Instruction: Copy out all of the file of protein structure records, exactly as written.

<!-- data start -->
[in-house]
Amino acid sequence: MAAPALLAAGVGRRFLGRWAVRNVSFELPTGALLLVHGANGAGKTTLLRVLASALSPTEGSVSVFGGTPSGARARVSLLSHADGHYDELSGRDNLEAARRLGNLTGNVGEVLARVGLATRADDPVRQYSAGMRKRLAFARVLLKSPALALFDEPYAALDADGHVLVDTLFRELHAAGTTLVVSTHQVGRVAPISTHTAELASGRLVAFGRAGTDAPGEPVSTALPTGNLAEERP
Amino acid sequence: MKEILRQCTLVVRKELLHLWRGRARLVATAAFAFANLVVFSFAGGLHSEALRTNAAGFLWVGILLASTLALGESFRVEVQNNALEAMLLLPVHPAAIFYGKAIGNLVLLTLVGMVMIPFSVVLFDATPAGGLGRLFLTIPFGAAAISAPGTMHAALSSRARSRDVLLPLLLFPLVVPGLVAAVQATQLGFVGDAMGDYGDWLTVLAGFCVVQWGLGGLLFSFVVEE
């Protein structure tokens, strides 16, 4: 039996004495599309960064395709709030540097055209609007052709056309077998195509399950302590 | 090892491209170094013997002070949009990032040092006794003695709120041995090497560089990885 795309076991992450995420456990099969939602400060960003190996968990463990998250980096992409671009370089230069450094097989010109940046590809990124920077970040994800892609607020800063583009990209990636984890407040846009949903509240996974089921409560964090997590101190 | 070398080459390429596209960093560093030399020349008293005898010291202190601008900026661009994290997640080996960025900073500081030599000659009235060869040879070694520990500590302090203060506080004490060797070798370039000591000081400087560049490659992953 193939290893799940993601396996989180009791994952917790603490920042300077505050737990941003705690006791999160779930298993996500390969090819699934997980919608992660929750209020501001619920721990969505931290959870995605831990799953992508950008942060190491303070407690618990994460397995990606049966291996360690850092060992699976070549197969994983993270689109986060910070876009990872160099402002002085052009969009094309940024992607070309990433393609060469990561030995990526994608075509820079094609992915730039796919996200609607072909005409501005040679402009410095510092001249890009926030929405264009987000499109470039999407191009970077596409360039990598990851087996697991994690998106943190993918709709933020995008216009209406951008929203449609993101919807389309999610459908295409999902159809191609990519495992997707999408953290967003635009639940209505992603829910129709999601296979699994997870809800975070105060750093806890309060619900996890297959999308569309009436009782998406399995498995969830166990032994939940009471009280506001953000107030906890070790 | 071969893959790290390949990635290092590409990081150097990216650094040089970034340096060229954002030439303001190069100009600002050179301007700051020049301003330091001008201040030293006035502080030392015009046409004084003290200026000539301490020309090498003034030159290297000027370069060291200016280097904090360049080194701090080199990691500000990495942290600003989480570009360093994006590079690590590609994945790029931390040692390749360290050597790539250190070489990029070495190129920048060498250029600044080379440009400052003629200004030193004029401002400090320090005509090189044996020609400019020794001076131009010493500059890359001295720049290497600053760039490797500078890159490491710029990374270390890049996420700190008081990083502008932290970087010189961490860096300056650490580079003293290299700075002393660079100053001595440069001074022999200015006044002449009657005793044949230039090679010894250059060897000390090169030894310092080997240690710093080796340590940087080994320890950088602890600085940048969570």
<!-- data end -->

[in-house]
Amino acid sequence: MAAPALLAAGVGRRFLGRWAVRNVSFELPTGALLLVHGANGAGKTTLLRVLASALSPTEGSVSVFGGTPSGARARVSLLSHADGHYDELSGRDNLEAARRLGNLTGNVGEVLARVGLATRADDPVRQYSAGMRKRLAFARVLLKSPALALFDEPYAALDADGHVLVDTLFRELHAAGTTLVVSTHQVGRVAPISTHTAELASGRLVAFGRAGTDAPGEPVSTALPTGNLAEERP
Amino acid sequence: MKEILRQCTLVVRKELLHLWRGRARLVATAAFAFANLVVFSFAGGLHSEALRTNAAGFLWVGILLASTLALGESFRVEVQNNALEAMLLLPVHPAAIFYGKAIGNLVLLTLVGMVMIPFSVVLFDATPAGGLGRLFLTIPFGAAAISAPGTMHAALSSRARSRDVLLPLLLFPLVVPGLVAAVQATQLGFVGDAMGDYGDWLTVLAGFCVVQWGLGGLLFSFVVEE
């Protein structure tokens, strides 16, 4: 039996004495599309960064395709709030540097055209609007052709056309077998195509399950302590 | 090892491209170094013997002070949009990032040092006794003695709120041995090497560089990885 795309076991992450995420456990099969939602400060960003190996968990463990998250980096992409671009370089230069450094097989010109940046590809990124920077970040994800892609607020800063583009990209990636984890407040846009949903509240996974089921409560964090997590101190 | 070398080459390429596209960093560093030399020349008293005898010291202190601008900026661009994290997640080996960025900073500081030599000659009235060869040879070694520990500590302090203060506080004490060797070798370039000591000081400087560049490659992953 193939290893799940993601396996989180009791994952917790603490920042300077505050737990941003705690006791999160779930298993996500390969090819699934997980919608992660929750209020501001619920721990969505931290959870995605831990799953992508950008942060190491303070407690618990994460397995990606049966291996360690850092060992699976070549197969994983993270689109986060910070876009990872160099402002002085052009969009094309940024992607070309990433393609060469990561030995990526994608075509820079094609992915730039796919996200609607072909005409501005040679402009410095510092001249890009926030929405264009987000499109470039999407191009970077596409360039990598990851087996697991994690998106943190993918709709933020995008216009209406951008929203449609993101919807389309999610459908295409999902159809191609990519495992997707999408953290967003635009639940209505992603829910129709999601296979699994997870809800975070105060750093806890309060619900996890297959999308569309009436009782998406399995498995969830166990032994939940009471009280506001953000107030906890070790 | 071969893959790290390949990635290092590409990081150097990216650094040089970034340096060229954002030439303001190069100009600002050179301007700051020049301003330091001008201040030293006035502080030392015009046409004084003290200026000539301490020309090498003034030159290297000027370069060291200016280097904090360049080194701090080199990691500000990495942290600003989480570009360093994006590079690590590609994945790029931390040692390749360290050597790539250190070489990029070495190129920048060498250029600044080379440009400052003629200004030193004029401002400090320090005509090189044996020609400019020794001076131009010493500059890359001295720049290497600053760039490797500078890159490491710029990374270390890049996420700190008081990083502008932290970087010189961490860096300056650490580079003293290299700075002393660079100053001595440069001074022999200015006044002449009657005793044949230039090679010894250059060897000390090169030894310092080997240690710093080796340590940087080994320890950088602890600085940048969570």